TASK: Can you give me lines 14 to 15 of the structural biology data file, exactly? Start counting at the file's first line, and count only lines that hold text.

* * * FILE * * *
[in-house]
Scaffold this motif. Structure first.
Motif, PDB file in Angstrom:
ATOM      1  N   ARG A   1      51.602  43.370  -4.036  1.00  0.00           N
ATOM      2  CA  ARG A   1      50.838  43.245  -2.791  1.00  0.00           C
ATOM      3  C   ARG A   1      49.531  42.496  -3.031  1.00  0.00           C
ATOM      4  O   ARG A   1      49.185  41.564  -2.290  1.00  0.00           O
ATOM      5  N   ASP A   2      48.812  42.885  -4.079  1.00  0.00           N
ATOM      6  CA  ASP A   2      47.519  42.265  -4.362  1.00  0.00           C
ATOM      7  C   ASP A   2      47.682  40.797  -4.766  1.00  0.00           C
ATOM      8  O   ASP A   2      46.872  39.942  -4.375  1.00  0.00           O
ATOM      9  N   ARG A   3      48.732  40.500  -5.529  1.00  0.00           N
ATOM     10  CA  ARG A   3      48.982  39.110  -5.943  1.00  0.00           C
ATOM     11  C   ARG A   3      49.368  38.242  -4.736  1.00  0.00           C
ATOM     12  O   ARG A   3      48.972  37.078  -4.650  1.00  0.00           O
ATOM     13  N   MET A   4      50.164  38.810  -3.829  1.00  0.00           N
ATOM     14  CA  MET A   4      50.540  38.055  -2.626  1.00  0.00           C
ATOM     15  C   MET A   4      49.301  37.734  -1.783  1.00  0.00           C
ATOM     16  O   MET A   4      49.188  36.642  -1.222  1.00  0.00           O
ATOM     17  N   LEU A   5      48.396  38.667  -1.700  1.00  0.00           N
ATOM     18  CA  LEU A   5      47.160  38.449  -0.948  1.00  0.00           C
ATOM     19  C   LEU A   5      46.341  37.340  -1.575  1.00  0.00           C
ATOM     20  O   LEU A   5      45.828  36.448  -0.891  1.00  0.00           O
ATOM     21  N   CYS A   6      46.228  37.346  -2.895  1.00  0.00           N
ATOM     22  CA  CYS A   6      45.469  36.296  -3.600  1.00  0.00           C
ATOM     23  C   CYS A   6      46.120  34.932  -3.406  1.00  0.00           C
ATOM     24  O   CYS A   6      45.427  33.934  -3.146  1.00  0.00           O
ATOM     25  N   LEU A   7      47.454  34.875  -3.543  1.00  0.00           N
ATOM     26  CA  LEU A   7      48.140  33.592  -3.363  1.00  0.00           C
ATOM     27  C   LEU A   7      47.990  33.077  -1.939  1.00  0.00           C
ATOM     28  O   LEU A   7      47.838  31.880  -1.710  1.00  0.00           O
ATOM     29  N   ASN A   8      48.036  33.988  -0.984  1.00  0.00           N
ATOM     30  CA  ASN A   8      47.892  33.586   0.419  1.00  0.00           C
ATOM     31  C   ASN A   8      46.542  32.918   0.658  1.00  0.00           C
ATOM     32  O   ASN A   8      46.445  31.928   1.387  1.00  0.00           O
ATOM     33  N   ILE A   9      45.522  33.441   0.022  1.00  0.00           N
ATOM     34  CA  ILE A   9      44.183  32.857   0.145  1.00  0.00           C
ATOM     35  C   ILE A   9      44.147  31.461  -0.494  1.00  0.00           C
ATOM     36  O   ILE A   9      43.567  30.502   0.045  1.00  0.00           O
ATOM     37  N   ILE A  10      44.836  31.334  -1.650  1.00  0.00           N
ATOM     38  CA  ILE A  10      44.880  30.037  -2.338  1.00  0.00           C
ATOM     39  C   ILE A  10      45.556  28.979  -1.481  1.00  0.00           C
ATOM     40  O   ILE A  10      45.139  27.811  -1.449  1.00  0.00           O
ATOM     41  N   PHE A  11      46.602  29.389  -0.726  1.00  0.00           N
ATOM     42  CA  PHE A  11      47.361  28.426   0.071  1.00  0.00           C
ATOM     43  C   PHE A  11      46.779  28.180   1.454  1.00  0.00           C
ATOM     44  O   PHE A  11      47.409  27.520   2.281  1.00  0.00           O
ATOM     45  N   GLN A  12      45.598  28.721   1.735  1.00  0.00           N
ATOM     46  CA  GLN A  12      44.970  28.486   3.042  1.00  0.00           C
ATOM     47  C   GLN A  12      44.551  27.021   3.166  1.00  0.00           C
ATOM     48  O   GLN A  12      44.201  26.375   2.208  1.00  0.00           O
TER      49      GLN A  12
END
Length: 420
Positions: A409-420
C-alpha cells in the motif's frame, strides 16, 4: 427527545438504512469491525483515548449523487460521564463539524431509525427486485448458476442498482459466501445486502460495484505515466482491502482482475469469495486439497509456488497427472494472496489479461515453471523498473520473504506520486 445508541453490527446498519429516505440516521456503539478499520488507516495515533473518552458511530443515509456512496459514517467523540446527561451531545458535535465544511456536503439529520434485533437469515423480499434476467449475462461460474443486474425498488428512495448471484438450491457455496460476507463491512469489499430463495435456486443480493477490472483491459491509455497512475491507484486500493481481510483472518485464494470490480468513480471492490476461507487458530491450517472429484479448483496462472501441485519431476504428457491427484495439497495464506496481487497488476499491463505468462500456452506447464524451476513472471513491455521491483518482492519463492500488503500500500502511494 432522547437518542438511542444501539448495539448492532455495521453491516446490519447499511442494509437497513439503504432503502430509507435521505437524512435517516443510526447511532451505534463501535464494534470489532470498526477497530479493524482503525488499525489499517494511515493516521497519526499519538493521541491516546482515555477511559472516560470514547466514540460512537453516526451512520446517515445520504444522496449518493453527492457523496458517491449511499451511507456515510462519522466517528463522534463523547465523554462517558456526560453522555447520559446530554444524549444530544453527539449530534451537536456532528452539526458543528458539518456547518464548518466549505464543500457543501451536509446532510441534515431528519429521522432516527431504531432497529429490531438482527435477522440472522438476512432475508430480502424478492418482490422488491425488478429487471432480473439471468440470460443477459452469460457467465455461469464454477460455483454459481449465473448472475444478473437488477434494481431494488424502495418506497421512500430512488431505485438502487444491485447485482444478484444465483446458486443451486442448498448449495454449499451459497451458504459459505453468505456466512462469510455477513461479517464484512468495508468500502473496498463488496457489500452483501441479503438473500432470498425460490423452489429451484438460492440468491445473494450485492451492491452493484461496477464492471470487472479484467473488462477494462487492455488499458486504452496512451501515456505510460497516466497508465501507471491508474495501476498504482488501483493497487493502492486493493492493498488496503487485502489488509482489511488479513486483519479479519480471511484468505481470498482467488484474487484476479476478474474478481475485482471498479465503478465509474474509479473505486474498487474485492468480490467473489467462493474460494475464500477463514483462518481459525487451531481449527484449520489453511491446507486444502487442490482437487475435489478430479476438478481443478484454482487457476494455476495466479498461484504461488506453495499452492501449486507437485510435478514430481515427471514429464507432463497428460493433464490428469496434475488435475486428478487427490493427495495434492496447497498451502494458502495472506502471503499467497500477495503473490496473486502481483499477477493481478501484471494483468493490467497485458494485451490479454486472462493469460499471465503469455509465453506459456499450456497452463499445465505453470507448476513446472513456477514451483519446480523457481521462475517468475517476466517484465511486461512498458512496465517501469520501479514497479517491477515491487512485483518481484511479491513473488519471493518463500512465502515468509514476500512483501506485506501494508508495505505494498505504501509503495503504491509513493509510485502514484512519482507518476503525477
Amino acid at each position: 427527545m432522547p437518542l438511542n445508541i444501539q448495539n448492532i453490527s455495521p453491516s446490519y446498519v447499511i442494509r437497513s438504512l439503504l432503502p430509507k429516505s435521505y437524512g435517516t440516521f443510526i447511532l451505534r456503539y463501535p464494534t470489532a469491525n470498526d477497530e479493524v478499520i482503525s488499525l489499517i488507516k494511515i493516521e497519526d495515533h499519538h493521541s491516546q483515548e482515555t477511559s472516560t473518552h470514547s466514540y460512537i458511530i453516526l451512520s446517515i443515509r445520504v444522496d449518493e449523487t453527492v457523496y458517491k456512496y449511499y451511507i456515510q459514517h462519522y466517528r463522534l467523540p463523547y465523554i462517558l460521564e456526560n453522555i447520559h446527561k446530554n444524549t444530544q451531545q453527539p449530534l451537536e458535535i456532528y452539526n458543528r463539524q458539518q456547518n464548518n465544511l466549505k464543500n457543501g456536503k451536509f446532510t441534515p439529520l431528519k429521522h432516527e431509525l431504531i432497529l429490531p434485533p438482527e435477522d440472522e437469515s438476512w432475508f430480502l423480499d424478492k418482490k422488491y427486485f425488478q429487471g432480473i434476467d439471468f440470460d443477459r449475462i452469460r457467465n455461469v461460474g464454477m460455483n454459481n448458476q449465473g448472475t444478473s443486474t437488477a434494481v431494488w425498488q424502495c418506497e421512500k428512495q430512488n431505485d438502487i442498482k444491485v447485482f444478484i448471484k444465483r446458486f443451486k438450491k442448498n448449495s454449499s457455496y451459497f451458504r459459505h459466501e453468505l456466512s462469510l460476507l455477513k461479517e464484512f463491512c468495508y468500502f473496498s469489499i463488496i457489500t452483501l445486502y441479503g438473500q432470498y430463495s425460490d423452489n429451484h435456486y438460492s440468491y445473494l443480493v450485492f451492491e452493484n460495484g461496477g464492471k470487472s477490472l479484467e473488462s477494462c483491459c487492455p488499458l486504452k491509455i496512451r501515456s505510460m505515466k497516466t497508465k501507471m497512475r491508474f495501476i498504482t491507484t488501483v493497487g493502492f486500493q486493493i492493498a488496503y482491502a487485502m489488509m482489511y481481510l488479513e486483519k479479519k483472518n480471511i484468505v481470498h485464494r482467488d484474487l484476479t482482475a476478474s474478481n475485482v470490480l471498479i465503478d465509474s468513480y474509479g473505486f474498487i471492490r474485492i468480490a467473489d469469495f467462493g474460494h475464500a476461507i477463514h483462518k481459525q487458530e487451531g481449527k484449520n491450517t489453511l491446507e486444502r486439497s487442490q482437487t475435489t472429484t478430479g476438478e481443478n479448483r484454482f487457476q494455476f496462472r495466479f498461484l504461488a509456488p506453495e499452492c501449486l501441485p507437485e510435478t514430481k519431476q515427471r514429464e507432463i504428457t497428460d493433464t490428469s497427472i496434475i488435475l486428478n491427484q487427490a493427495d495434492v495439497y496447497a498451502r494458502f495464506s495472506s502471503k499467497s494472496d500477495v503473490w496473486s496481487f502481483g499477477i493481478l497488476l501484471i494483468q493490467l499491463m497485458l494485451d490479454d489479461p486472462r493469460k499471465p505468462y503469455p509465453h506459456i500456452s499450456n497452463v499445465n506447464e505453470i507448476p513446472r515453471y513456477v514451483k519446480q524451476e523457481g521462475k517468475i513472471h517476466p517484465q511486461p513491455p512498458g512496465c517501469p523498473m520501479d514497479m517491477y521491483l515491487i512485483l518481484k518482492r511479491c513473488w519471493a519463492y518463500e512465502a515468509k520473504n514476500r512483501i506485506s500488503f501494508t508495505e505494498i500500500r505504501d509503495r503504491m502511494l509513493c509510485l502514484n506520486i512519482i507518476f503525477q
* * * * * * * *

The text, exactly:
ATOM     11  C   ARG A   3      49.368  38.242  -4.736  1.00  0.00           C
ATOM     12  O   ARG A   3      48.972  37.078  -4.650  1.00  0.00           O